As you navigate the discharge process, you are not alone. The advice below from fellow BIDMC patients and family members who have been through the process may be helpful and reassuring.
Once you are given the okay to leave, it will likely take some additional
time before they come in with a medication list and discharge instructions.
The process may take even longer if you are headed to a rehab facility—your
discharge team needs to secure a bed for you.
If you are able to leave right away, you may feel like your discharge team
is rushing through the process. If this is the case, ask them to SLOW DOWN!
Take notes or ask whoever is with you to take notes. Why rush this part of
your care? You'll certainly feel better and more confident about your next
steps if you have understood all the appropriate information. If you're
anything like me you'll feel empowered with the knowledge you need to stay
out of the hospital and on the road to recovery.
The medication list is important and can be confusing. Ask questions of
your providers, and have them repeat the instructions. I'd also suggest
repeating it back to them. Any special instructions are essential too: for
example, things the doctor or nurse would particularly like you to do or
refrain from doing.
Find out when your follow up appointment will be. Ask whoever is coming to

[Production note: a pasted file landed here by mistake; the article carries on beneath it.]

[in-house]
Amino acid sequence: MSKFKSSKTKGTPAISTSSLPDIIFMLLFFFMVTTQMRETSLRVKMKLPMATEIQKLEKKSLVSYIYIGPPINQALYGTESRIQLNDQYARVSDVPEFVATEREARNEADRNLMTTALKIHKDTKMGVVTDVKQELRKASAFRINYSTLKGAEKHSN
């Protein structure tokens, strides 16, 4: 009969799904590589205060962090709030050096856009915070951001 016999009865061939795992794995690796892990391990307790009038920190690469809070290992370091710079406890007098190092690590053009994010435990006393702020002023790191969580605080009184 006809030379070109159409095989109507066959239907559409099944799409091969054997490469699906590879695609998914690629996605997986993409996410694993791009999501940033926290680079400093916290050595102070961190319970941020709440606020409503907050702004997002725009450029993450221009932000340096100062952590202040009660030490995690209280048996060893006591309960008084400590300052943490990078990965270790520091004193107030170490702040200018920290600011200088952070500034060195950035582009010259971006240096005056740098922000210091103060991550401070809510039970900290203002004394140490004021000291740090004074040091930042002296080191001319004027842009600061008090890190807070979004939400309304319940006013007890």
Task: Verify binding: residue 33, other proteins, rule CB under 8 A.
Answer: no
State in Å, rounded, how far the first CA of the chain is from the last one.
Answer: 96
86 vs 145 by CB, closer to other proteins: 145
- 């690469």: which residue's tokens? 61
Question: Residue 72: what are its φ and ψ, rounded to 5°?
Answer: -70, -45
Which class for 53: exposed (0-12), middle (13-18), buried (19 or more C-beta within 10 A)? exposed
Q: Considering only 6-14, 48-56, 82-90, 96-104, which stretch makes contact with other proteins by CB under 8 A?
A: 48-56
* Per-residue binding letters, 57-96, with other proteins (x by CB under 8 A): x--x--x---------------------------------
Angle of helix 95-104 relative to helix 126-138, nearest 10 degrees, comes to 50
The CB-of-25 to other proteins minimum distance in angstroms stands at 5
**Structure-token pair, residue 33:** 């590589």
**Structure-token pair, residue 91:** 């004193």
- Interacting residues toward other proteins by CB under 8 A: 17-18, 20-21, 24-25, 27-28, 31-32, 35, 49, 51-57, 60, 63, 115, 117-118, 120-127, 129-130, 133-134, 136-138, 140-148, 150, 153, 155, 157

get you to bring your calendar to ensure you get a day and time that works
for you. If possible, arrange your transportation to the appointment then.
Make sure you understand any warning signs your discharge team may tell you
to look for. For example, how often should you check your temperature? Is
there a temperature or other sign that might be a trigger a call or return
to the hospital?
Expect it to take hours for discharge paperwork to be complete. Even if
staff tell you you're going home, remember that it won't be for hours so
you should order a meal, tell your ride home not to rush to the hospital,
and prepare to do a lot of waiting.
Ask a family member to be there when the nurse goes over the discharge
instructions, and don't let the staff start giving instructions until that
family member arrives.
Ask lots of questions about medications, home care like the Visiting Nurses
Association (VNA), and who to call if you have questions about discharge.
Make sure staff are aware of challenges at home (e.g., other people you
care for, stairs, and who's around to care for you).
If you're wondering about something, then ask. It will help you understand
what's going on and may help you feel more in control of what is usually a
highly out-of-control situation.
Make sure you know who to contact when questions, concerns, or unexpected
events arise. In the case of my family member (a cardiology patient), we
were given a "heart hotline" number, which we called once or twice during
his first week home.